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Can the ITU really contain the internet?

As the UN conference for internet oversight continues, web freedom advocates are preparing for another fight against regulation. Can international organizations ever hope to regulate the internet?
Internet regulation 12 05 2012Enlarge
Activists protest during a demonstration against the Anti-Counterfeiting Trade Agreement (ACTA) on February 25, 2012 in Berlin, Germany. ACTA is a proposed treaty attempting to establish an international governing body with legal standards intended to protect intellectual property and prevent the production and sale of counterfeit goods. The German government has delayed a decision on the agreement, citing concerns by the Justice Ministry, and according to news reports is waiting for approval by the European Parliament prior to signing the multinational treaty. (Adam Berry/AFP/Getty Images)

As the International Telecommunication Union enters its third day of meetings to discuss internet regulatory plans in Dubai, web activists, hacker collectives and online freedom advocates are gearing up for another fight against internet regulation and censorship.

It’s another battle in the war for an open internet – a war that the forces of anti-regulation seem to be winning.

The ITU is facing staunch opposition to proposed regulatory measures as tech giants like Google’s Vint Cerf have come out against the proposals. If recent history is any indication, attempts to regulate the internet, by and large, fail. 

On local, national and international levels, internet users around the world have not only displayed a willingness to take to the streets to protest internet censorship but have demonstrated an ability to simply bypass any regulations or restrictions already put into place. 

On the national level, China censors citizens’ internet access more heavily than almost any other country on the globe. Using what is called the “Great Firewall of China”, the People’s Republic boasts the most technologically advanced online censorship technology in the world. 

More from GlobalPost: UN conference on internet oversight raises concerns over censorship, restriction

“China operates an extensive censorship policy which includes filtering specific key words and politically sensitive subjects, which result in the blocking of specific internet results, as well as the complete blocking of a large number of websites, including human rights websites such as Amnesty International’s, considered politically sensitive by the authorities,” writes Amnesty international. 

But in spite of the effort, it’s still not foolproof. 

Social networking sites like Twitter and Facebook are both behind the great firewall. However, the government has been unable to keep a good deal of Chinese netizens from social media. 

One report released by London-based researcher GlobalWebIndex reported last September that there were 63.5 million Chinese users jumping the great firewall and using Facebook. GlobalWebIndex also reported that China has 35.5 million active Twitter users. Other organizations that monitor China’s web censorship efforts estimated that the numbers were much lower. Still, the internet most often finds a way.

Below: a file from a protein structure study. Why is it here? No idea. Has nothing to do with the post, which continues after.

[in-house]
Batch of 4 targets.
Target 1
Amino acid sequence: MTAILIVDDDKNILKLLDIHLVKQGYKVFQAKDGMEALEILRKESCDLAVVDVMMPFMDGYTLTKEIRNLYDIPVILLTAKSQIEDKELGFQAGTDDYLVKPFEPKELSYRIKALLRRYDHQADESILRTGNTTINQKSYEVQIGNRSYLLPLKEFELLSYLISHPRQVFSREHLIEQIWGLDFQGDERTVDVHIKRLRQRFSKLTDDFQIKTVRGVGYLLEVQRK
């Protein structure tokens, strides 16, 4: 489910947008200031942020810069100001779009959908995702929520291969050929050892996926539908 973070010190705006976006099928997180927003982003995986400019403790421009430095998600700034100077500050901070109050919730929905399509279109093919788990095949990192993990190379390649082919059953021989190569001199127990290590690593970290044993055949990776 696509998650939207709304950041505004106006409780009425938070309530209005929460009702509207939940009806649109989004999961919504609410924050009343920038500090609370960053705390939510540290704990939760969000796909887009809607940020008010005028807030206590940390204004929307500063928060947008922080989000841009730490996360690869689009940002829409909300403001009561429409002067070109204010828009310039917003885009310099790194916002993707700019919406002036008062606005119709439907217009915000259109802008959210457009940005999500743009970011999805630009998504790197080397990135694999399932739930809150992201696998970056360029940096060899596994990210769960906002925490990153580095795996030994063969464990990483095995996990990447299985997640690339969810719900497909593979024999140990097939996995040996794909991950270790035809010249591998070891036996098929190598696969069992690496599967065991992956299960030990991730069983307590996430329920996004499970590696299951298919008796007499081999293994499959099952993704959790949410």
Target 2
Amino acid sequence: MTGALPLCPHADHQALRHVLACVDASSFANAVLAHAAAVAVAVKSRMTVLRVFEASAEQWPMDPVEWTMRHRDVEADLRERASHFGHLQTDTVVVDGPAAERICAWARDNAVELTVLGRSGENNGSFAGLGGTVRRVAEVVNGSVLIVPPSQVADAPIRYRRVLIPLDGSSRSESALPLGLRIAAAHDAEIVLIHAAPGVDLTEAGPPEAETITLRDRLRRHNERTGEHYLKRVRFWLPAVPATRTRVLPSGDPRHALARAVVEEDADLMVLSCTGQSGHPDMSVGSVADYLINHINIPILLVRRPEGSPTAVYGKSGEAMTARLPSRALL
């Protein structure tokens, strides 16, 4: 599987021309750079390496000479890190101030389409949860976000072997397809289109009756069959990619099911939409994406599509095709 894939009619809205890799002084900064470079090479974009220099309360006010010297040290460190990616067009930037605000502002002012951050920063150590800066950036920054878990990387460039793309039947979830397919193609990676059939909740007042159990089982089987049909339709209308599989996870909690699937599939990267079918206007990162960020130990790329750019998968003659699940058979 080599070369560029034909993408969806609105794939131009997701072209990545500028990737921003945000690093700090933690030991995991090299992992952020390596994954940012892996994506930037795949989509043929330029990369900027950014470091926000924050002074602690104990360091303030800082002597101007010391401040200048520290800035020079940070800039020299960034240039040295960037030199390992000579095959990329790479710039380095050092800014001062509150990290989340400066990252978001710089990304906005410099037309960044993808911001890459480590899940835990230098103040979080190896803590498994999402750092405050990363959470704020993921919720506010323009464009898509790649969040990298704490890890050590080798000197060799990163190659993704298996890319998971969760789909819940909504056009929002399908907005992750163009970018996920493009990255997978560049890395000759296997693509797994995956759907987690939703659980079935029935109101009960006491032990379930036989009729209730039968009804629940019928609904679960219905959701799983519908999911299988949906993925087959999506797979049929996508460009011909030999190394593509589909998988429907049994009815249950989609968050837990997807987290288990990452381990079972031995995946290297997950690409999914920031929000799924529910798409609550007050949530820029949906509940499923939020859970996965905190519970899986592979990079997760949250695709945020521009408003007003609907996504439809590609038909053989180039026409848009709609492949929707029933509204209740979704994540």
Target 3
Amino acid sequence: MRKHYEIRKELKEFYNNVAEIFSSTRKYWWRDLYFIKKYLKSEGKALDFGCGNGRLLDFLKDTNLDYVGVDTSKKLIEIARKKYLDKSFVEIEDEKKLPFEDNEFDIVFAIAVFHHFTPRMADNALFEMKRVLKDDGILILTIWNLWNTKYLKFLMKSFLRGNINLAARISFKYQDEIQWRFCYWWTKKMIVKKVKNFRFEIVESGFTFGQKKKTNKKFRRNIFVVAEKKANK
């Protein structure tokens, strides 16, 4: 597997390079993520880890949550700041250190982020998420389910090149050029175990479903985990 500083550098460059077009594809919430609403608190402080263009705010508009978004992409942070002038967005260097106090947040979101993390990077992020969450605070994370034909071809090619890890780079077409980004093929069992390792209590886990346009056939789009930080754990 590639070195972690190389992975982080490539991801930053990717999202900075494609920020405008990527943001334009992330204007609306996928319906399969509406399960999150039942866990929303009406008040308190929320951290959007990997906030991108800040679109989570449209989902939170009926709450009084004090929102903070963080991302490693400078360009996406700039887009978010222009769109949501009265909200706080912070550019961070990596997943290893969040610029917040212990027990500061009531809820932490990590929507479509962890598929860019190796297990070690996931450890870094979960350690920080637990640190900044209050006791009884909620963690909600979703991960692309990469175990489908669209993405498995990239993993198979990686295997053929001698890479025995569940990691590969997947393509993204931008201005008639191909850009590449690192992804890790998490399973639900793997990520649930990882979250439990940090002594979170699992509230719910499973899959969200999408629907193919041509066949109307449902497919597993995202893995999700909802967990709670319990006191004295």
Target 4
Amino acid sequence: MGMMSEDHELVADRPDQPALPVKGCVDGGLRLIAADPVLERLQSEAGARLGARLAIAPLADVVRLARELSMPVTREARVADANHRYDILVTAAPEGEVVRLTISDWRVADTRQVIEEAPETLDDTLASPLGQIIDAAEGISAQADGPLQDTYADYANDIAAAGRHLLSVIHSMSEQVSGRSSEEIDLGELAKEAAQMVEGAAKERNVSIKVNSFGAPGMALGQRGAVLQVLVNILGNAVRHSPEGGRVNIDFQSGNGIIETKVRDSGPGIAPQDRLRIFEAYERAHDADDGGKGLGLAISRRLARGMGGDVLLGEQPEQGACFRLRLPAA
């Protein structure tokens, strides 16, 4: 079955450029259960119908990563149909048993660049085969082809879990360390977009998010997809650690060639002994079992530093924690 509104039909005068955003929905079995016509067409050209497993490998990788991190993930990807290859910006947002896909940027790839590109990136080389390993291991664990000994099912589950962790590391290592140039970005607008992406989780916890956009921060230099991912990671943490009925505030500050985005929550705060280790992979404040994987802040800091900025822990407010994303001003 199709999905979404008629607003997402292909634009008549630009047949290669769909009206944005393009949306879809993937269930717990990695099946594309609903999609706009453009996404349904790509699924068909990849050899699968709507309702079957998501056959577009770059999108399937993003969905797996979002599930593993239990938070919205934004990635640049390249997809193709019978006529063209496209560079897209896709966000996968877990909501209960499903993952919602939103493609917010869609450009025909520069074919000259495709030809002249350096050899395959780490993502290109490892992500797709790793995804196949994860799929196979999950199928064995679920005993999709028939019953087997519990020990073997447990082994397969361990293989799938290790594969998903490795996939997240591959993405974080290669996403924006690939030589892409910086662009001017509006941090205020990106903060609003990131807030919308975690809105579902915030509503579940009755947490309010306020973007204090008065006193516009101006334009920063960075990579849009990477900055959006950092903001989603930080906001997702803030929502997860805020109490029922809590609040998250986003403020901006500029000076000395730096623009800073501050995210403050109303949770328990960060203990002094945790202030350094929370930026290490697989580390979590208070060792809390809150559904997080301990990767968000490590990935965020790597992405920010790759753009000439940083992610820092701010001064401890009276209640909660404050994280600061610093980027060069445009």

In some countries, internet regulation has become a farce. 

In 2007, Syria blocked access to Facebook and it now officially blocks access to YouTube and Blogspot among many other sites. Most Damascus internet cafes, however, will happily assist customers in accessing blocked sites using web proxies or virtual private networks (VPNs). 

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“Syrians access Facebook via proxy servers that subvert the government’s firewall, which also blocks YouTube, Blogspot, Israeli newspapers, and a range of other sites. In the capital’s Old City, where foreigners and Western-minded youths congregate, Internet cafe owners tout their shops’ ability to access banned sites,” the Christian Science Monitor reported in 2010. 

In Western nations, further attempts made by governments and international organizations to regulate the internet have all been met with protest and have eventually led to failure. Indeed, online paranoia about the ITU meetings may stem from international and online protests against legislation like SOPA, PIPA and CISPA in the United States and ACTA in the European Union. 

These pieces of legislation, activists believed, would fundamentally alter the internet and stifle the freedom of expression enjoyed by netizens. While debate in the US Congress and the European Parliament continued – the internet had made up its mind. SOPA and ACTA must be stopped. 

Like never before, different sectors of the internet banded together in protest in the US, EU and across the globe. When it was all said and done, the internet won. Because of its victory, American and European politicians know that tampering with the internet is not only unpopular but could lead to the end of political careers. Now, congressmen are pushing for moratoriums on internet regulation for good PR. 

No one is quite sure what the ITU is up to in Dubai but the internet is decidedly against it. Even in a ridiculous, worst case scenario where Europe adopts Chinese censorship policies, VPNs will still be around. While any regulation coming out of the ITU would be a huge blow to internet freedom, it still wouldn’t be the end.

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http://www.globalpost.com/dispatches/globalpost-blogs/the-grid/can-the-itu-really-contain-the-internet

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